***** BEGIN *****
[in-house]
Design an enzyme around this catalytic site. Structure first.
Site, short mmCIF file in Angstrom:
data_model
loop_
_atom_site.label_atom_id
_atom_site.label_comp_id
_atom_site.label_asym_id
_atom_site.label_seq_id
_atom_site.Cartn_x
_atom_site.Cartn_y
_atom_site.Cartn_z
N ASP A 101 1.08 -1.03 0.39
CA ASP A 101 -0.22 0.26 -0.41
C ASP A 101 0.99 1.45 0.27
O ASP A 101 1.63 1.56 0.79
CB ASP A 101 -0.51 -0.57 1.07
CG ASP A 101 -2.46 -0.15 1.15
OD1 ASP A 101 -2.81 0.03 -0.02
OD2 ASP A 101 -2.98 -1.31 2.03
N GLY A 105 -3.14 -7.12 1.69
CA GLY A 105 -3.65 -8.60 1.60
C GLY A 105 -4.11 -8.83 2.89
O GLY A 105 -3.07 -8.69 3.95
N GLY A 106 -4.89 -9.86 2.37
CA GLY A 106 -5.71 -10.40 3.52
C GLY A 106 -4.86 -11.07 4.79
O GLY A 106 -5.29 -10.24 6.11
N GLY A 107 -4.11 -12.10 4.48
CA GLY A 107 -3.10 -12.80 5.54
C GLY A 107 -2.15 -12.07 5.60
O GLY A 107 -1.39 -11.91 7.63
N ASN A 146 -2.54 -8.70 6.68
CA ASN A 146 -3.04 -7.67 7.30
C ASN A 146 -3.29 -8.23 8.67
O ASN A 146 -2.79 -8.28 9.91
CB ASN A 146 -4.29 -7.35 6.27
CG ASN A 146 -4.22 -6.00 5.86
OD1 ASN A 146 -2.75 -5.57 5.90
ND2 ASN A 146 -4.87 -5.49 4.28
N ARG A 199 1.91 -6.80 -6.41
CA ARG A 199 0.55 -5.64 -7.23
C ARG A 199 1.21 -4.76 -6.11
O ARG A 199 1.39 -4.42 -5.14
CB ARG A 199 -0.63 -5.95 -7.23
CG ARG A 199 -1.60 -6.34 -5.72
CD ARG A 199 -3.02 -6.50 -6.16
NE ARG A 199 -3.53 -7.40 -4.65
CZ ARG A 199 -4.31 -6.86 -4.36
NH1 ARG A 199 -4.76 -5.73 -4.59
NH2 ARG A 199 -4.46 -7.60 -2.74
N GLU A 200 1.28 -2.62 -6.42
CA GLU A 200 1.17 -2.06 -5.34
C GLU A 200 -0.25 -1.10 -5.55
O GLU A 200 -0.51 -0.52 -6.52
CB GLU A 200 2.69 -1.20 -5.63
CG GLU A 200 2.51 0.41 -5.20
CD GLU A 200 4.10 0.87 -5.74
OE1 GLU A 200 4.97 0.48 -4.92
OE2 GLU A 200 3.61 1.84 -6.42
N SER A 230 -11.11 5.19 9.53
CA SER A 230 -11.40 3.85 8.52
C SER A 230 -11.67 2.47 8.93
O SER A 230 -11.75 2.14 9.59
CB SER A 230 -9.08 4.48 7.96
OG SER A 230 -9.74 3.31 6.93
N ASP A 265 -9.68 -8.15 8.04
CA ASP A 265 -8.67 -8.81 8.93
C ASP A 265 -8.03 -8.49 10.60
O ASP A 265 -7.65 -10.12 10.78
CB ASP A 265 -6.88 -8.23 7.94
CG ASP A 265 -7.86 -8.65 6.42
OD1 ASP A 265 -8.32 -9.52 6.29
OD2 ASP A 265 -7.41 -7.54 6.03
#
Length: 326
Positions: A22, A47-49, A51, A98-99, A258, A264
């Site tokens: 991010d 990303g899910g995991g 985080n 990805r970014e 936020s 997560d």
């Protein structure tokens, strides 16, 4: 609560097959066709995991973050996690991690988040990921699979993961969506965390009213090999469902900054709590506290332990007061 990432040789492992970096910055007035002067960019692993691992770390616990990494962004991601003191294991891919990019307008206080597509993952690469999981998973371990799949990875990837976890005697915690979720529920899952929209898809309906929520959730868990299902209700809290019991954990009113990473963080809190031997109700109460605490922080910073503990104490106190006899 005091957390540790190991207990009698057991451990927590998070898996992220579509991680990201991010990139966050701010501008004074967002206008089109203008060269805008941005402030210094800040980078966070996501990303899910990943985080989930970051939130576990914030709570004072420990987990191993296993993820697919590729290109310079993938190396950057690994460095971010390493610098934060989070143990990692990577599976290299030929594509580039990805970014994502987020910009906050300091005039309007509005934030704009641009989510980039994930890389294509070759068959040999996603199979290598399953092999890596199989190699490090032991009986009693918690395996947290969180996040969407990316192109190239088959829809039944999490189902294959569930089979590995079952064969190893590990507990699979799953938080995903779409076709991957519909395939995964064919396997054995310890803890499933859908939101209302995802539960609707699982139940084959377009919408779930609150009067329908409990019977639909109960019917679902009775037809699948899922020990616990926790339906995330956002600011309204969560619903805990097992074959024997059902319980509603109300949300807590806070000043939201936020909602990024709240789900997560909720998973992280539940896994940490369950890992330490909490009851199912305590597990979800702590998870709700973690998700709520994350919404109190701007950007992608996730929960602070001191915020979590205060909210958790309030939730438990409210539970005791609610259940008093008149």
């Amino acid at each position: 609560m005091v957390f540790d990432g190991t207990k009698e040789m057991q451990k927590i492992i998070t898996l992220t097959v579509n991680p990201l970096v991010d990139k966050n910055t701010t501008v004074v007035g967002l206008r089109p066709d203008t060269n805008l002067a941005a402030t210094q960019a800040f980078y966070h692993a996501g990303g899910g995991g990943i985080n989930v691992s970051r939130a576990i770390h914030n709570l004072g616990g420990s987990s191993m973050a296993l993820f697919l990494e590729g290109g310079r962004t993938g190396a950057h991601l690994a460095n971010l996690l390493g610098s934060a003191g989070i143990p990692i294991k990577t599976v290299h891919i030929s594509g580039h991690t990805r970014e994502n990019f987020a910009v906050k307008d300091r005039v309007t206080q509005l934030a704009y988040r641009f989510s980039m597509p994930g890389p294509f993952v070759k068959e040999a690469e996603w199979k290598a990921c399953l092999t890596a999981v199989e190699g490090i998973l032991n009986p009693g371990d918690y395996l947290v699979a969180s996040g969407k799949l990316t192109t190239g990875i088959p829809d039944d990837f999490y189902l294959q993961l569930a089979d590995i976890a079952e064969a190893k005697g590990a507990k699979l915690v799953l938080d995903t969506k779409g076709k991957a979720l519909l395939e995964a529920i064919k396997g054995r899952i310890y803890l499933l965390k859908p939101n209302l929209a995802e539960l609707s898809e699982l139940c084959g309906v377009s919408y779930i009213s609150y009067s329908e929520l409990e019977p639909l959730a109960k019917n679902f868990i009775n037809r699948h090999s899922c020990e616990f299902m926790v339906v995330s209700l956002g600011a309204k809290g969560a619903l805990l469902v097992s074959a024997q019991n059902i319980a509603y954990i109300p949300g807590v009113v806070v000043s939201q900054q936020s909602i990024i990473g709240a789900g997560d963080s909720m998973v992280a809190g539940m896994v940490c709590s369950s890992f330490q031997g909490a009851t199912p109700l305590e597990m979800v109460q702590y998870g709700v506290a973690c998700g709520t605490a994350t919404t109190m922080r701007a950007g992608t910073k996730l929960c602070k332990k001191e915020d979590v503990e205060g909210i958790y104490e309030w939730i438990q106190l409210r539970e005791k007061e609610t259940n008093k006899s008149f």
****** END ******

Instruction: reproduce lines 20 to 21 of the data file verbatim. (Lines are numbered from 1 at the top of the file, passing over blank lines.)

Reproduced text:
OD2 ASP A 101 -2.98 -1.31 2.03
N GLY A 105 -3.14 -7.12 1.69